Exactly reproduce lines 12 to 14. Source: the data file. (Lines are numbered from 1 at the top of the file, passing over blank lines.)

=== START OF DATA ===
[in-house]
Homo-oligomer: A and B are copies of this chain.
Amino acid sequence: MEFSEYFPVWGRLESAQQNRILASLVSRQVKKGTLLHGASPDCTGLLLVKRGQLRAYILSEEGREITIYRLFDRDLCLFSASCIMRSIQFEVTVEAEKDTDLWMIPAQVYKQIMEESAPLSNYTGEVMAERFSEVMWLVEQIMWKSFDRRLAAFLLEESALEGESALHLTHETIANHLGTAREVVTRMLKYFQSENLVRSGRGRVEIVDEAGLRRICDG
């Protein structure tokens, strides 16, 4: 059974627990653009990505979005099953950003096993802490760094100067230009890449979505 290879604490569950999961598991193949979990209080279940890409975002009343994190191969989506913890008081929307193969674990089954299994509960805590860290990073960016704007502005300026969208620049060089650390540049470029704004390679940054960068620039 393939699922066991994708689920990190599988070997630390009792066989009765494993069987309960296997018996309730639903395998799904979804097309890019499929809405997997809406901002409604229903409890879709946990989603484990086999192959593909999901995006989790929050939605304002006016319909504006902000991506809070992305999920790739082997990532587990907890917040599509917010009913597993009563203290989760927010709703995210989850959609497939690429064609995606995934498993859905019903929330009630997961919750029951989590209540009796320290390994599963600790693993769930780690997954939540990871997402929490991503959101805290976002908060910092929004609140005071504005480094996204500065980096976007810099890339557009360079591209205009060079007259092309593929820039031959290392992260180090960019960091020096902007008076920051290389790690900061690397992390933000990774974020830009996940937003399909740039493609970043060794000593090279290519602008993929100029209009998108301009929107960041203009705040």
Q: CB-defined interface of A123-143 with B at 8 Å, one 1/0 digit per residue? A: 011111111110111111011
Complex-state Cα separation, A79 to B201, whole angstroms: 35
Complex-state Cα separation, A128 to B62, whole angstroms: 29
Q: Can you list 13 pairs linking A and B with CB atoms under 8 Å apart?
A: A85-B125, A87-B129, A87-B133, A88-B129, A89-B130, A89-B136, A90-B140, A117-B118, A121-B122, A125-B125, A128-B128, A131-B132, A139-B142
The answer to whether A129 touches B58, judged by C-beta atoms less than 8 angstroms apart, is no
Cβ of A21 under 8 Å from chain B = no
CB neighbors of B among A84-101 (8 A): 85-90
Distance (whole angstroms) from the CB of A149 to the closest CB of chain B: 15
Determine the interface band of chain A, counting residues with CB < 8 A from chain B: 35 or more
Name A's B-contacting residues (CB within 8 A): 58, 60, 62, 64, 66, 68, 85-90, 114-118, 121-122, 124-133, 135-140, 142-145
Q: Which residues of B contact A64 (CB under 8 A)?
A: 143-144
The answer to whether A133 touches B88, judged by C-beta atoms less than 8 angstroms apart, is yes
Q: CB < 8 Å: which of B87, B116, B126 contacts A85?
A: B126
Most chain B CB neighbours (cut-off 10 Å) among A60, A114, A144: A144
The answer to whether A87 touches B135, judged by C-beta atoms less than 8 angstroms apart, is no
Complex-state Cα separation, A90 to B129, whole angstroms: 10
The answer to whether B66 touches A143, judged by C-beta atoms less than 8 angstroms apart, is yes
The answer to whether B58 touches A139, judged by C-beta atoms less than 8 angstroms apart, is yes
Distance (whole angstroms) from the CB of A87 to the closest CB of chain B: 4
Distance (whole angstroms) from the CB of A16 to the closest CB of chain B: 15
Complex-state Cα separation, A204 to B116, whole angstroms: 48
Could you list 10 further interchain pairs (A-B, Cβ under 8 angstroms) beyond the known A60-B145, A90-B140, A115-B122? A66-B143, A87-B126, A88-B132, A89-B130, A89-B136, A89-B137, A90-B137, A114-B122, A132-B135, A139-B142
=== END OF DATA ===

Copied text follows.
CB neighbors of B among A84-101 (8 A): 85-90
Distance (whole angstroms) from the CB of A149 to the closest CB of chain B: 15
Determine the interface band of chain A, counting residues with CB < 8 A from chain B: 35 or more